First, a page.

Excellent show, decent dvd, fairly poor special features.
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I think it would be impossible to have lived in the 80's without having heard of the sitcom Cheers. The characters were used for everything from a Disneyland birthday special to introducing the Superbowl. Even now, it is a well-known classic of the genre beloved by many people. While I have seen maybe a third of the episodes, I have always enjoyed the show, so I recently decided to start from the beginning with the season 1 DVD set.

The show is set in Cheers, a popular bar in Boston, Massachusetts. It's owned by Sam (Ted Danson), a former relief pitchers and former alcoholic. The staff includes Carla (Rhea Perlman), a short tempered waitress and Ernie "Coach" Pantusso (Nicholas Colasanto), Sam's former coach who helps tend the bar and has taken one too many hits with a baseball over the years. The pilot brings a new waitress to the bar in the form of Diana (Shelley Long), a professional student who is dumped by her professor boyfriend at the bar. Her cultural touchstones are very different from her new co-workers and the patrons. Round out the cast are bar regulars, accountant Norm (George Wendt) and mailman Cliff (John Ratzenberger). What's interesting to note is that John Ratzenberger isn't in the main credits this season. He guests stars in every episode, however, and is promoted to regular status in the second season.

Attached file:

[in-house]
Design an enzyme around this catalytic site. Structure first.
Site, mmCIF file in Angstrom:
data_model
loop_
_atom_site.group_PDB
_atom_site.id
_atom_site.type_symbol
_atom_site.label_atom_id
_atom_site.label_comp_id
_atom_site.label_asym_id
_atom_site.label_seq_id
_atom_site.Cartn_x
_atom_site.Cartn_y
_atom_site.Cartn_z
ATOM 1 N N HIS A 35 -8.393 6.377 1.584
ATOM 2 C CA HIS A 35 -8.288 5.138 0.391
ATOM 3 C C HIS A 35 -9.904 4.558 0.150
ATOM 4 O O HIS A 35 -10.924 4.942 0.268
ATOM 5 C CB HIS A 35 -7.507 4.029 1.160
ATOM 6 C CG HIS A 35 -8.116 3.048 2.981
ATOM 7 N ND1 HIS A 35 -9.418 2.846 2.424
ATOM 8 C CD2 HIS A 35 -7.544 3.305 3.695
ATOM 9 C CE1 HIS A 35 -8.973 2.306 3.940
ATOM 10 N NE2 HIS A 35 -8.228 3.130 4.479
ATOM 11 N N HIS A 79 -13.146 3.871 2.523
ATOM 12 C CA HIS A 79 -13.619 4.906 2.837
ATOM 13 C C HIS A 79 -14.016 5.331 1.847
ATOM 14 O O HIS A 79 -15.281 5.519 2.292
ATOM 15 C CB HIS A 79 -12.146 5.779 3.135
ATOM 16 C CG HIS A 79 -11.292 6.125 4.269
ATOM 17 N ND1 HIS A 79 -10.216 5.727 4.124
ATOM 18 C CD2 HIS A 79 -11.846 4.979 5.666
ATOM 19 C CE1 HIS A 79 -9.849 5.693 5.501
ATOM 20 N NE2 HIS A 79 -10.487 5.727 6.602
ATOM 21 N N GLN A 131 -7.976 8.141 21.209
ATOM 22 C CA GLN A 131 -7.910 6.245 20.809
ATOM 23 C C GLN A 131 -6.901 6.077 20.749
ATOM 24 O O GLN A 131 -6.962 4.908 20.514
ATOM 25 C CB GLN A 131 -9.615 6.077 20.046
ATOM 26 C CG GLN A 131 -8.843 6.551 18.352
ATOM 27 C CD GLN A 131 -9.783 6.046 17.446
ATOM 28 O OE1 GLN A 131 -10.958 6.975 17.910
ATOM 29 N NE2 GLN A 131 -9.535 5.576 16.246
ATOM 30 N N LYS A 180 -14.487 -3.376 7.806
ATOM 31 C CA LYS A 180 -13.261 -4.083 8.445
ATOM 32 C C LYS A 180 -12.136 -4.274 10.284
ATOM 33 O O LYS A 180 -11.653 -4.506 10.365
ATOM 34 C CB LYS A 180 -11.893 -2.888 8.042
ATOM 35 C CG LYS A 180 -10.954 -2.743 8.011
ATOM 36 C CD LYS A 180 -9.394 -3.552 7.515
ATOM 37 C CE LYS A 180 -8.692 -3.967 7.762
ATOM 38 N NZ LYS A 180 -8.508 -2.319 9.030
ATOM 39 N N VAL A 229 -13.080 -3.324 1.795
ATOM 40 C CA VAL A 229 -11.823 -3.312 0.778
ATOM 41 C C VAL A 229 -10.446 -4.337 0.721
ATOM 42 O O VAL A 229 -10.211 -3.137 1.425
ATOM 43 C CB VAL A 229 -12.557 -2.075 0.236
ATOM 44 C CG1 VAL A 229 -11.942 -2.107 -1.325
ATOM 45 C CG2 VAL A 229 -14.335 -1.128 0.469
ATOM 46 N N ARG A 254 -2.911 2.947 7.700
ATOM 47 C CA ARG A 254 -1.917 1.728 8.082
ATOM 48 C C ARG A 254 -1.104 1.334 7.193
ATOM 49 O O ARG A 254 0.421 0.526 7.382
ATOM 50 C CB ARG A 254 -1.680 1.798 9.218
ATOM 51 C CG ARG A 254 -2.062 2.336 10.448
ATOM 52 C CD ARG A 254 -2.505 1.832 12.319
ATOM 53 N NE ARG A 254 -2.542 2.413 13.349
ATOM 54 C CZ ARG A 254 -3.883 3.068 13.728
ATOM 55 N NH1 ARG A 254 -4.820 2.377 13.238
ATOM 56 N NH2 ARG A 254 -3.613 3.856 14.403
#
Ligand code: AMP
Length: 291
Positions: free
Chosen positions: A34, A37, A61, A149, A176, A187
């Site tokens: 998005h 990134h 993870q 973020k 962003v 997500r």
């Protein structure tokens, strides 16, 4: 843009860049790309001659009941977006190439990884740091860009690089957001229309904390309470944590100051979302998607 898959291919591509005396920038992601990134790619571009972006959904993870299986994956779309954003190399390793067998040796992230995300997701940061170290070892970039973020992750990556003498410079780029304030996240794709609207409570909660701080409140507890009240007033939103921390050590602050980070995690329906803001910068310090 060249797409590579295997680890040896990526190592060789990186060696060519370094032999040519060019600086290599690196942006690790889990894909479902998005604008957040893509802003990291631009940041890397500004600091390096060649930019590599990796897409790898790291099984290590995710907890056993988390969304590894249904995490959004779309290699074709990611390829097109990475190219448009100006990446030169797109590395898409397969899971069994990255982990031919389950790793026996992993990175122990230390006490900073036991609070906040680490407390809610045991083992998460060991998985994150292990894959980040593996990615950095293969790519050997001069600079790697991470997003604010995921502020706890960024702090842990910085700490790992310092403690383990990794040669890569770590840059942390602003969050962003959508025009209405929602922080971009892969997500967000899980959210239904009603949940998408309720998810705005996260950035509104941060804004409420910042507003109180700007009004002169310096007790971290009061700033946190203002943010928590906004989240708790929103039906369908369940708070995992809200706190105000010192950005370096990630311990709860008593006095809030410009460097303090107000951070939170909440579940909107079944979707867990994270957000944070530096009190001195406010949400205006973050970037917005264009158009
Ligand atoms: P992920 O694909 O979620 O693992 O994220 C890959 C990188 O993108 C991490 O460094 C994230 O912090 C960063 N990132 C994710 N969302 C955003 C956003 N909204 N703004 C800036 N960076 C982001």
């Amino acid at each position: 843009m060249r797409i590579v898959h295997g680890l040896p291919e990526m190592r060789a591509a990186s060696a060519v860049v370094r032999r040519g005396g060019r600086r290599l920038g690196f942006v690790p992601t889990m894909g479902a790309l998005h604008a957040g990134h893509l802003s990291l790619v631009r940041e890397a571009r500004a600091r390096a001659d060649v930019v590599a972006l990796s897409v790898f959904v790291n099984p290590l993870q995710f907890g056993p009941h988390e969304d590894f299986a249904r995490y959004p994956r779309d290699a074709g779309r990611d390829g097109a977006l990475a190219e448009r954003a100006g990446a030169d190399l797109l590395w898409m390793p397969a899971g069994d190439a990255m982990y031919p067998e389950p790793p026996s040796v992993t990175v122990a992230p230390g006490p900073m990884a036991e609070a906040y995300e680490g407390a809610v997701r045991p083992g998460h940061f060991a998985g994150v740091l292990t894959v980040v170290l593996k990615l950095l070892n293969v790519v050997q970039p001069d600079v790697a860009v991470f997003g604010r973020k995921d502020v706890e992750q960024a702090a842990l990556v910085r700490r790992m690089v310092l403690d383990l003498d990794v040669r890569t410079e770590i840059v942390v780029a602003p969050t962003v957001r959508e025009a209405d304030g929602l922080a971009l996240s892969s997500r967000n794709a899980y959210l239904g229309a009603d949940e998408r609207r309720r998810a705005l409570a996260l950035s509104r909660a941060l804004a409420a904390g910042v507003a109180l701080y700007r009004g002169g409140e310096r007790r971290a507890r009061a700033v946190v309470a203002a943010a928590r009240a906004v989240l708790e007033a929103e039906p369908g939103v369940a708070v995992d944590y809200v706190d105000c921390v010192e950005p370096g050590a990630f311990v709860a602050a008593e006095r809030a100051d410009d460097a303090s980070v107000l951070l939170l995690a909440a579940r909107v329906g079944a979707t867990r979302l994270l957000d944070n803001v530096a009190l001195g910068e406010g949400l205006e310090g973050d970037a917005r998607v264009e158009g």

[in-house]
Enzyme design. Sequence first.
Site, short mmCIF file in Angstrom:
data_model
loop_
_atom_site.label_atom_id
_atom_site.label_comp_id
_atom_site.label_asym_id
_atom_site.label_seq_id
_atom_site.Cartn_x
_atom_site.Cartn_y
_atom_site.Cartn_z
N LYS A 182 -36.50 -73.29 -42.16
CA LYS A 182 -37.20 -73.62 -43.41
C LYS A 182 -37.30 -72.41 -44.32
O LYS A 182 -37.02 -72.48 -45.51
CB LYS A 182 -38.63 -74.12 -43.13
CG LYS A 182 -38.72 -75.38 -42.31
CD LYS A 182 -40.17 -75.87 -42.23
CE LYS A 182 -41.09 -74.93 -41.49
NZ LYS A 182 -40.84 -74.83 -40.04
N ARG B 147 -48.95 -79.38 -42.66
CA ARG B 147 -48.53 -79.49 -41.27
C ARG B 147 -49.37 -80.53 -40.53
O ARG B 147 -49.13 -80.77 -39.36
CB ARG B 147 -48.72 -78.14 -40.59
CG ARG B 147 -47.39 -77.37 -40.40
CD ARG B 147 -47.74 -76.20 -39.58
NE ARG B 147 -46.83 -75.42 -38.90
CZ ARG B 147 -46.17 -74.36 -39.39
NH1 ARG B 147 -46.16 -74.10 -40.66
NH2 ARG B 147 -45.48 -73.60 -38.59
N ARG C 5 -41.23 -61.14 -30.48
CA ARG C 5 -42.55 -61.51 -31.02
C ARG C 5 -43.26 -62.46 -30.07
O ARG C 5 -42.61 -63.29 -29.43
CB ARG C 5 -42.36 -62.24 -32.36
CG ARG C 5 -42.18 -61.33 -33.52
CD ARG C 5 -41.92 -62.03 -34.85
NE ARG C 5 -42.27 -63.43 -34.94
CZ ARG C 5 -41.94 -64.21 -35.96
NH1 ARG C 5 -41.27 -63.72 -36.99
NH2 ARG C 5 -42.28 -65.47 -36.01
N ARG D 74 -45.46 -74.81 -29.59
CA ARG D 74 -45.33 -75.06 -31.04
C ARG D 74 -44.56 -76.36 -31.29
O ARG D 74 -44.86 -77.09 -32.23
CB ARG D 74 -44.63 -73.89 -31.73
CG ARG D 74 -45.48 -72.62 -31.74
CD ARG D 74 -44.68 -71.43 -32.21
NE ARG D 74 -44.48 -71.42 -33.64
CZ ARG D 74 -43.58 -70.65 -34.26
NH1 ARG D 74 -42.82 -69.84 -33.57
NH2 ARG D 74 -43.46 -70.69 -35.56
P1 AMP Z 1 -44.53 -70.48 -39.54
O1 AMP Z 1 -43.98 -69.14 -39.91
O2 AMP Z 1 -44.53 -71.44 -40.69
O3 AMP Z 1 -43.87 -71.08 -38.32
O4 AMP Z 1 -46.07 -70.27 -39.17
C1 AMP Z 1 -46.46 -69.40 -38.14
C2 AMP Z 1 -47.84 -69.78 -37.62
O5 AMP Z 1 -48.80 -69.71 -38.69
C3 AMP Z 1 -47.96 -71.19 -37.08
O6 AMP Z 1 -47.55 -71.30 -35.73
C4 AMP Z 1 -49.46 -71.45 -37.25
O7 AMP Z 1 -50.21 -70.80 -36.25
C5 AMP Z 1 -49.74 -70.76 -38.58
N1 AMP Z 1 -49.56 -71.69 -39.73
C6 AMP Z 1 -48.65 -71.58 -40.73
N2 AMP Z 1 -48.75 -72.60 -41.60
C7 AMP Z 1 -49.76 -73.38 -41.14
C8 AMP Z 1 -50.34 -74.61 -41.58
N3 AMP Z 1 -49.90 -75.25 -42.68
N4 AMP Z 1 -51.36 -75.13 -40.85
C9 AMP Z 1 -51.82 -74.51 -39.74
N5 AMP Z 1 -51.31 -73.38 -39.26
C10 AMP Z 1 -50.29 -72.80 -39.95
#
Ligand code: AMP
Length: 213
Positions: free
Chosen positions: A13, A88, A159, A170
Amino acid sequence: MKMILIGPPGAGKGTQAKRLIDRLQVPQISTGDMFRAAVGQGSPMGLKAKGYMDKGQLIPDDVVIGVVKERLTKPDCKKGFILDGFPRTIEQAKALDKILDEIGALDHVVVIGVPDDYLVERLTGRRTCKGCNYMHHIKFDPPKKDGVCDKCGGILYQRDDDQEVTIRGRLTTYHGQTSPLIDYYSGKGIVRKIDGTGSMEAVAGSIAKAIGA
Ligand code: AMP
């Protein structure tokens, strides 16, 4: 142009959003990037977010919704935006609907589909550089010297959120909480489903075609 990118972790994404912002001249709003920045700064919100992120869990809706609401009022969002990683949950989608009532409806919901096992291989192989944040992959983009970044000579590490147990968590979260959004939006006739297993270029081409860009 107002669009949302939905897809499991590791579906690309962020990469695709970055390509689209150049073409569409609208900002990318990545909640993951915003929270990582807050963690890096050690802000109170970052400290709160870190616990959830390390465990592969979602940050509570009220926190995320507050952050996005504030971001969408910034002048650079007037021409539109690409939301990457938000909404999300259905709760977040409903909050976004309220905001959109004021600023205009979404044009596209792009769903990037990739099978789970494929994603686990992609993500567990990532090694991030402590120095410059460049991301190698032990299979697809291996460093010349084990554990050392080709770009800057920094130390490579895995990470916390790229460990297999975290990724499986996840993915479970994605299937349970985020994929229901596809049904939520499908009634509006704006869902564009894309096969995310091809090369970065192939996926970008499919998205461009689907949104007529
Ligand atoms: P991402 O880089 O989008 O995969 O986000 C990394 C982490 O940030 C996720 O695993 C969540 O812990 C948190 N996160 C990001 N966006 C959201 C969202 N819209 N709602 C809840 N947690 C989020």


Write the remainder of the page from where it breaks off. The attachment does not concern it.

There are lots of laughs over the course of the 22 half hour episodes of the first season. Carla's attack on an obnoxious Yankees fan almost costs her the job, Diane takes a stand against female exploitation in the Miss Boston Barmaid contest, until she wins. Coach is upset by his daughter's obnoxious fiancée. On Christmas Eve, a stranger wanders into the bar and claims to be a spy. Norm uses Cheers to host his annual office party - a party with a toga theme. And a buddy from Sam's professional baseball days comes out of the closet at Cheers, causing the regulars to wonder if the clientele of the bar will change.

But the heart of the show, especially during the first year, was Sam and Diane's relationship. Their relationship is nothing new on TV - two people who are complete opposites trying to deny their feelings while impressing each other at the same time. It's familiar ground, but the chemistry between Shelley Long and Ted Danson is amazing. A simple exchange between them leaves you wondering just when they'll realize their attraction. This is the biggest constant, popping up in just about every episode, although it does become the focus of some of them, like the one where they agree to set each other up on blind dates, or the two part finale where Sam's brother comes to town and appears to be sweeping Diane off her feet.